The volatility in the Indian equity markets has led to a slowdown in mobilisation by equity funds, with inflows trending downward in the past few months as lump-sum investors have stayed away due to lofty valuations.
According to data from the Association of Mutual Funds in India (Amfi), equity funds mobilised Rs 28,671.39 crore in October, against Rs 36,656.66 crore in September. In the current financial year, equity funds have mobilised over Rs 30,817 crore per month on average.
Between July and September, mobilisation rose above Rs 30,000 crore each month as investors favoured the new fund offer (NFO) route— inflows touched Rs 42,100 crore in July, the highest so far this year, as equity NFOs collected Rs 13,709 crore.
“Investors have been investing only through NFOs in the last few months. The industry has been aggressive in pushing NFOs and I believe this will be a big worry if there is a sharp correction in Indian equities,” said a senior industry official.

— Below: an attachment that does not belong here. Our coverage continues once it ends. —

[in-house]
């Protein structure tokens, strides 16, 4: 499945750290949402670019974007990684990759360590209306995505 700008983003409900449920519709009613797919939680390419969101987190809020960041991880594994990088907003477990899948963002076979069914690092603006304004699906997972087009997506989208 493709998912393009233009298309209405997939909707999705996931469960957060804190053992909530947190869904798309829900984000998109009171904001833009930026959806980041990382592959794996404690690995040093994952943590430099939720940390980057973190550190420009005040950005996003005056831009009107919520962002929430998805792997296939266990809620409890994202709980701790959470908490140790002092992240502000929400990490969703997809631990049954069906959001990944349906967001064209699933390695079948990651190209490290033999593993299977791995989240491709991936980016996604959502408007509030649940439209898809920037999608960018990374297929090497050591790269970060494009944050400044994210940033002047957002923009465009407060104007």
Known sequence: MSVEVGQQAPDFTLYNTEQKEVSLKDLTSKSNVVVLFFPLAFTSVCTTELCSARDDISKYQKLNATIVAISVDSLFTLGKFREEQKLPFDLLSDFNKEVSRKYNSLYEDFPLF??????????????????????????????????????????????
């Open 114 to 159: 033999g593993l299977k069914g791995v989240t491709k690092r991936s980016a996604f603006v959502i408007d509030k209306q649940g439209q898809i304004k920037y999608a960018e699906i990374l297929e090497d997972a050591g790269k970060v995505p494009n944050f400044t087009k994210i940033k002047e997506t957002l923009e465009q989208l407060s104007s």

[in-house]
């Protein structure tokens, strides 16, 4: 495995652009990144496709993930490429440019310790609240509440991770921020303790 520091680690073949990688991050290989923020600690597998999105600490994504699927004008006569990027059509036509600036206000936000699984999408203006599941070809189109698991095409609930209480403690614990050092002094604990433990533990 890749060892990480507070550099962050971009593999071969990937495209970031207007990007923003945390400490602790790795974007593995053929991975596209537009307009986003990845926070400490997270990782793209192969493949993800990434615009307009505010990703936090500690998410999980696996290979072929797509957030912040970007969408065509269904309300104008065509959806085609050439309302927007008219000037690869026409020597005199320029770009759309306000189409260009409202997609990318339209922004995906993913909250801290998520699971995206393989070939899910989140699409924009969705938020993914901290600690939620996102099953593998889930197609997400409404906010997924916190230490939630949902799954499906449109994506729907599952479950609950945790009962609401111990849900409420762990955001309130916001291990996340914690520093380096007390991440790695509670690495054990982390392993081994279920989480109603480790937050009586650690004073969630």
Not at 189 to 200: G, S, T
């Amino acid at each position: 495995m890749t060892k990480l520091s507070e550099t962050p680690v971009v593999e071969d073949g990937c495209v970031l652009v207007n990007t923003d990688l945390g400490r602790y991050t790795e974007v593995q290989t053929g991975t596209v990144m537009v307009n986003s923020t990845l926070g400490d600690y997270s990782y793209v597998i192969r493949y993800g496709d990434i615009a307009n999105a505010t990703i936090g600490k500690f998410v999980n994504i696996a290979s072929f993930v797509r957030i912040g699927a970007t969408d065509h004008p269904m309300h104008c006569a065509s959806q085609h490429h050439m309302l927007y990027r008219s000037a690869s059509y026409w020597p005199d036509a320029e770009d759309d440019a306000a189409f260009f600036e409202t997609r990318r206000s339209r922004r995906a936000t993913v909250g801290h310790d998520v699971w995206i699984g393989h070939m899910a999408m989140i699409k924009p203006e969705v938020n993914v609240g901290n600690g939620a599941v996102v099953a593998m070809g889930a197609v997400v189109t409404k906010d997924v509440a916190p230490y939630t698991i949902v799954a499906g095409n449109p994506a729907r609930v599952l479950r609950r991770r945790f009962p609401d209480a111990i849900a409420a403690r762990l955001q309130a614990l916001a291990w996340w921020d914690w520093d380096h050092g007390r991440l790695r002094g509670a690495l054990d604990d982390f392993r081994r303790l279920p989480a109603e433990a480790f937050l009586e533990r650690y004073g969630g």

Since July, fund houses have raised over Rs 27,151 crore through NFOs in equity funds alone. The amount increases to Rs 57,000 crore in the last four months if NFOs of all categories of schemes are considered.
“In the last few months, we have been advising investors to avoid putting lump sums, given the significant rally across sectors and broader markets. Investors are advised to not get swayed by ongoing volatility and resort to a strategy of accumulation,” said ICICI Direct Research in a note.
Over the past month, returns from the Sensex have decreased by 3.33 per cent, while in the last week it was 2.02 per cent. The slowdown in gross inflows for equity funds also impacted net inflows in October. Equity funds saw net inflows of Rs 5,214 crore in October, as against Rs 8,677 crore in September.
However, inflows through the systematic investment plan (SIP) route is a source of comfort for the industry, totalling Rs 66,973 crore so far this year, after rising above Rs 10,000 crore in September and October.
Jimmy Patel, MD and CEO of Quantum AMC, says: “The SIP book remains very strong even as lump-sum investors have stayed on the side-lines due to high valuations. Having said that, we believe we might continue to see higher inflows into equity schemes.”